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In its quest for members, the new online job search site managed to create a spam snowball and gain a lot of (not always positive) attention
Jim Ambras tried to keep his expectations reasonable. Ambras, a veteran of Web companies including search engine AltaVista, was preparing to unveil a company called NotchUp at the DEMO conference in Palm Desert, Calif. His goal was to have 1,000 people signed up in time for his Jan. 29 presentation at the annual showcase for new products and services. NotchUp takes a novel approach to online job search, matching potential employees who are willing to be paid for a job interview with companies willing to pay.
A week before taking the DEMO stage, NotchUp had attracted a meager 200 users. Pressure to add to those ranks was high in the runup to DEMO, the storied launchpad of such tech legends as the original PalmPilot (PALM) and Salesforce.com (CRM). It didn't help that the company was only just emerging from so-called stealth mode, the phase when startups try to stay off the radar screen of potential copycats. The site is password protected, and the only way to join NotchUp was to get invited by a member. "Our goal was obviously too high," Ambras says.
So NotchUp came up with a quick, seemingly easy, way to boost its membership: enabling users to instantly recruit contacts from business social network LinkedIn. The membership drive underscores the benefits and pitfalls of doing business in an online arena where, with a few mouse clicks, a Web surfer can instantly share information, some of it unwanted, with scores of fellow Netizens. Fallout from the move has generated media buzz and lured investors' interest—but it could also tarnish the company's reputation and incite a row with LinkedIn.
The Snowball Effect
NotchUp had its membership "Aha" moment after a former colleague of Ambras' joined, then proceeded to invite 100 of his own friends. The new member complained at having to type in a name and e-mail address for each of those 100 invitees. There had to be a better way to speed the invite process.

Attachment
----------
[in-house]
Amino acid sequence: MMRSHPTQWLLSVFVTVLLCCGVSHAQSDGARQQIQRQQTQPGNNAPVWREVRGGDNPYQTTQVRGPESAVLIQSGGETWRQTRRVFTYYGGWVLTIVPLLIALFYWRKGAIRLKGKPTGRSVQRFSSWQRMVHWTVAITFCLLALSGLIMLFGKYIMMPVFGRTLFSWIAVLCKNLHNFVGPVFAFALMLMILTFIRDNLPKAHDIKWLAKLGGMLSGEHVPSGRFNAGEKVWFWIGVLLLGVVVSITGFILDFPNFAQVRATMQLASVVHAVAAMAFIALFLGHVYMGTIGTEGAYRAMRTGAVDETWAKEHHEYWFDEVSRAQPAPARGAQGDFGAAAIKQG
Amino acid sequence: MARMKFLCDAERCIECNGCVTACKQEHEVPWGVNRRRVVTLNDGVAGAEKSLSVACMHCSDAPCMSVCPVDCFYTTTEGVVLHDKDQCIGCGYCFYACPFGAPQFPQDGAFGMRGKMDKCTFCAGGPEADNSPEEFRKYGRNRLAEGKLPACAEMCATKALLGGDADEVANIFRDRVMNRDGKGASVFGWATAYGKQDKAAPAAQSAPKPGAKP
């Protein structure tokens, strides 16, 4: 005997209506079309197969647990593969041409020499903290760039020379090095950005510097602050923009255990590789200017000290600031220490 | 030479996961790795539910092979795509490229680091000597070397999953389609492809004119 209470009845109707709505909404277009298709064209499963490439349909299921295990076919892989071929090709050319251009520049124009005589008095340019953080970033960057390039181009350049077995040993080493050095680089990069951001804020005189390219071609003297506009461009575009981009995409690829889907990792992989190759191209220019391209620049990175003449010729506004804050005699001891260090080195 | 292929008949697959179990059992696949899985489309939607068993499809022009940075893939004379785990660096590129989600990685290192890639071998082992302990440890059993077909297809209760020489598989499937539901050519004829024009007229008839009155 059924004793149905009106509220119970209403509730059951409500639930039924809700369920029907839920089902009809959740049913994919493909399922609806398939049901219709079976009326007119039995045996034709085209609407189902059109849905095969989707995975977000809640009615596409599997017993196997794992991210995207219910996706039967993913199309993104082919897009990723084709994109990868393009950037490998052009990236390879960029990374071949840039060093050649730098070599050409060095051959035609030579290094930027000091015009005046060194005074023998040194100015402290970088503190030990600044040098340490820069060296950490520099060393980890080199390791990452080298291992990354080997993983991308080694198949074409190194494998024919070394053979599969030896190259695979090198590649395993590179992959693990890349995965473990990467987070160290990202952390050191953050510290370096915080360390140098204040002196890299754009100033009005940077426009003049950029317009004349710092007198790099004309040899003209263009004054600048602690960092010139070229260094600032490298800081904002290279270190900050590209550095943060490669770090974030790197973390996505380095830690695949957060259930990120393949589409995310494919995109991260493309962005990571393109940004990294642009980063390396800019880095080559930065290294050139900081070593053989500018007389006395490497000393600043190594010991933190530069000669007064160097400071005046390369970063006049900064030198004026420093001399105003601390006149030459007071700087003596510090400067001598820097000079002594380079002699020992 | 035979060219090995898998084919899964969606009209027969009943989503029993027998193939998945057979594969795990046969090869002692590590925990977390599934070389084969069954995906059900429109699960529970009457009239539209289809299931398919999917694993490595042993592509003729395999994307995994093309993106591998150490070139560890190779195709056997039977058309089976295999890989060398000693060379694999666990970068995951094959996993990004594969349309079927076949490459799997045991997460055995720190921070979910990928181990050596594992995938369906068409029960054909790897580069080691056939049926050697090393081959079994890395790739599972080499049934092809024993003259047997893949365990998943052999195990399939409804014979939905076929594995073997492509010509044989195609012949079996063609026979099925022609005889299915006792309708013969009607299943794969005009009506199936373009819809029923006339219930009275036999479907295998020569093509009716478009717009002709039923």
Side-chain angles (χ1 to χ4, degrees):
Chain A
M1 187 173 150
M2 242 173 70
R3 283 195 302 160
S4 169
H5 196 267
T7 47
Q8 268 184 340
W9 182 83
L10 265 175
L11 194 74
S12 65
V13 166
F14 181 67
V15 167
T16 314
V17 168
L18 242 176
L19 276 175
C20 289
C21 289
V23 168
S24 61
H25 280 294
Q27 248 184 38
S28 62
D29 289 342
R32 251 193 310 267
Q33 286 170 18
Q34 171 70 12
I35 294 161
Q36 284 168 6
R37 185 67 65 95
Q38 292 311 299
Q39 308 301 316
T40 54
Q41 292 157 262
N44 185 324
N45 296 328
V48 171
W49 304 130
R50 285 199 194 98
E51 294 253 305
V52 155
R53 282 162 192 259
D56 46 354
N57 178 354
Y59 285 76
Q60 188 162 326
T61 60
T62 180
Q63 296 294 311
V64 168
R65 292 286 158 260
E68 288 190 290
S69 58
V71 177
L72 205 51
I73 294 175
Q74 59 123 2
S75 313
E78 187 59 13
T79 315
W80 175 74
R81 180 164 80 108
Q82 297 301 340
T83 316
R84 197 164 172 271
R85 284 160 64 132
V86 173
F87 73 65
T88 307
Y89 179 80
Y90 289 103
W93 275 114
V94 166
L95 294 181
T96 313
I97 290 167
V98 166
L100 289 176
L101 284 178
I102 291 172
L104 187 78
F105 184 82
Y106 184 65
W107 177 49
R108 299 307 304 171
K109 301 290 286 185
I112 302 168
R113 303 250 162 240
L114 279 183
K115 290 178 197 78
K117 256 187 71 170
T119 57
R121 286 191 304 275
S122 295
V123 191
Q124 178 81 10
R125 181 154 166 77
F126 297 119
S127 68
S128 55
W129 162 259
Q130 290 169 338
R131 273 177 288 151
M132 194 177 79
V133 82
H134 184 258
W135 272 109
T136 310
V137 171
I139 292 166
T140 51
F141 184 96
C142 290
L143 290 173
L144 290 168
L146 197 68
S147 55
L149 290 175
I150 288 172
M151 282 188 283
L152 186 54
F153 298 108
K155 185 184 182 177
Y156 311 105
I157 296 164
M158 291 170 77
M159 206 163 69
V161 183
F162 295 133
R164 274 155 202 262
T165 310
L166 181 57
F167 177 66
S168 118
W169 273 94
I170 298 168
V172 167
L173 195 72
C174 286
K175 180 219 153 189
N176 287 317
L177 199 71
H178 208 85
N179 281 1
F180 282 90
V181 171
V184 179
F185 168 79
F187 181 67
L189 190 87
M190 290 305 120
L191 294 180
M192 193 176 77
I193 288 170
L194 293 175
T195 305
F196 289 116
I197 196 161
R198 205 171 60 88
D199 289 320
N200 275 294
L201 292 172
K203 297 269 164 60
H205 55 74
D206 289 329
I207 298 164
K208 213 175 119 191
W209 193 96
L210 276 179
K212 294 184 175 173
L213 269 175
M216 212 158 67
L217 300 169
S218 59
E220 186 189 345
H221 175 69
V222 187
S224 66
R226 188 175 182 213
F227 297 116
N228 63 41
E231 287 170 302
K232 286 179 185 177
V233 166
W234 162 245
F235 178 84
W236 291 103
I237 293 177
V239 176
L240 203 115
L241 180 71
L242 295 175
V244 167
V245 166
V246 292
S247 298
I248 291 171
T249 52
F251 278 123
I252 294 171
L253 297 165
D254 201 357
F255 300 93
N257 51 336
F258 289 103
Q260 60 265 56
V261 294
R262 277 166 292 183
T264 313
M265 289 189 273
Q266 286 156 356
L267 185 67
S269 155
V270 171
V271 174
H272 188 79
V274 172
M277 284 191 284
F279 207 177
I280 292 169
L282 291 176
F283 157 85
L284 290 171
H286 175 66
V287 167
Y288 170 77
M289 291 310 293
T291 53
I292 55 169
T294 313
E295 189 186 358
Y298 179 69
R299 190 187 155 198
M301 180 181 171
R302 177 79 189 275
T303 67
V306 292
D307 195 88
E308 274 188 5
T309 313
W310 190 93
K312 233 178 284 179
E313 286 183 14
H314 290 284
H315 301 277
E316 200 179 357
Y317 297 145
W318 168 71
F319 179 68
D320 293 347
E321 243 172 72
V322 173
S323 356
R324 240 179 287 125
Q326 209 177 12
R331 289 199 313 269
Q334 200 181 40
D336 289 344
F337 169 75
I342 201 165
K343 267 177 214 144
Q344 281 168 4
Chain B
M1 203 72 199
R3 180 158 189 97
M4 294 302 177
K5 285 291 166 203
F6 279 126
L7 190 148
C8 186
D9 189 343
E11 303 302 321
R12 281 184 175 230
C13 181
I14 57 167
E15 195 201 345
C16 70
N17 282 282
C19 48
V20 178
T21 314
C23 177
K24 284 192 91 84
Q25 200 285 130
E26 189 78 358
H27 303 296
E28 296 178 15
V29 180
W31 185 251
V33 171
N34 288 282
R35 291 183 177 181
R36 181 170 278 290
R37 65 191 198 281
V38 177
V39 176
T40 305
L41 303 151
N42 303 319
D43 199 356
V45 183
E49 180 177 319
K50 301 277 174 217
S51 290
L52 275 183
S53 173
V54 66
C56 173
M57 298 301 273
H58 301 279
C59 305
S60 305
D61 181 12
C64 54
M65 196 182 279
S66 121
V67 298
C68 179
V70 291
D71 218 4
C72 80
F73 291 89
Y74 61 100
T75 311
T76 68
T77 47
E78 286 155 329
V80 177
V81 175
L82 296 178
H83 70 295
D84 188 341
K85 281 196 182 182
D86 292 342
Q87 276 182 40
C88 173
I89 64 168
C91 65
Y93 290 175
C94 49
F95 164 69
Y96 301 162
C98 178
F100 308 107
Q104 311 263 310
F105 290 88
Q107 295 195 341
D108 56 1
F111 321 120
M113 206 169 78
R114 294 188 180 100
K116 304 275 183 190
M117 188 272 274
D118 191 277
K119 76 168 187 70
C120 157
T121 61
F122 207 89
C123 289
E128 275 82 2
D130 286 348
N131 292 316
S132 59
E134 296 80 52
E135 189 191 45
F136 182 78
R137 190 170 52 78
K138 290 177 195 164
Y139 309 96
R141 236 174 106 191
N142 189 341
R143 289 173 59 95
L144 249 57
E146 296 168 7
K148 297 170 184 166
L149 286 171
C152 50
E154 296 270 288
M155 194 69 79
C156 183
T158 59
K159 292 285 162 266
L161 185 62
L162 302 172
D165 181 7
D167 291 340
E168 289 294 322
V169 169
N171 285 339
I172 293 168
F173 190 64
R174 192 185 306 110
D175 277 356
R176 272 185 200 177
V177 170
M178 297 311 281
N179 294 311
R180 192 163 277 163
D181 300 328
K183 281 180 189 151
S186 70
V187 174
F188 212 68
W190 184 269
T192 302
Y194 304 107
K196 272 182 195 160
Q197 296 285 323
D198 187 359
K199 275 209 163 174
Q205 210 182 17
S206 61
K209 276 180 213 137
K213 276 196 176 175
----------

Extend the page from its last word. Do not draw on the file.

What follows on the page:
Ambras and co-founder Rob Ellis developed a way for a newly invited members to import contacts from their LinkedIn accounts. Just one of the 100 people invited by Ambras' friend in turn invited 335 friends. Invitations snowballed—the site's membership jumped from 200 to 5,000 the next day.
The servers hosting two-year-old NotchUp were overloaded, and so Ambras moved the site to new, more powerful, servers. Within hours of his presentation at DEMO, the site had 70,000 members. And those 70,000 new members have in turn invited another 900,000 friends of their own. "This is way beyond our expectations," Ambras says. Minutes after giving his presentation he was on his way to his hotel room to make a phone call to turn on even more Internet servers to meet the surging demand. It was, it seemed, a good problem to have.
Big Spam Reaction
But as the history of the Internet shows, no unexpected success goes unpunished. Many of those hundreds of thousands of NotchUp invitees were repeat invitees. In a pattern that repeated itself hundreds of times, several people would invite a single person. Each of those invitations would trigger an e-mail to that person. Naturally NotchUp quickly became known for many e-mailed invitations cluttering up e-mail inboxes around the world.
The reaction among tech bloggers was fast and furious. "Dear NotchUp: Please Stop Spamming Me" was one headline on the tech gossip blog Valleywag. "Holy Notchup Spam!" wrote Tamar Weinberg, a New York blogger on her Twitter feed on Jan. 25 after receiving four NotchUp invites in less than an hour.
The folks at LinkedIn were none too pleased either. LinkedIn spokeswoman Kay Luo says NotchUp has been generating e-mails to LinkedIn members without its consent. LinkedIn is considering measures to tighten access to its site, and possibly sending a cease-and-desist letter to NotchUp. LinkedIn users are able to download their own contacts to export into Microsoft's (MSFT) Outlook e-mail service and other programs, but LinkedIn limits use of its programming tools to partner companies. Harvesting data from its site is a violation of its policies, according to Luo. She says LinkedIn plans to approach NotchUp first to discuss the situation. If it finds the company is violating LinkedIn's terms of service it will send the legal letter, she says.
Media and Investors Express Interest
As of late in the afternoon on Jan. 29, LinkedIn had blocked NotchUp from harvesting its contacts, according to Matthew Podboy, a NotchUp spokesman.
NotchUp had already taken steps to rein in the controversial features. Ellis, who previously worked with Ambras at Peerflix, the DVD-trading service, says NotchUp has placed a cap that prevents any one person from being invited more than three times.
Ambras doesn't expect all those 900,000 people invited to become active users, but NotchUp's debut has certainly provoked interest from the media as well as from potential investors. "We're obviously at the point were we need some help," says Ambras, who along with Ellis, has been providing the needed funding up till now. "We've had a number of inquiries from some of the best firms on Sand Hill Road. I guess some of those people got some invites."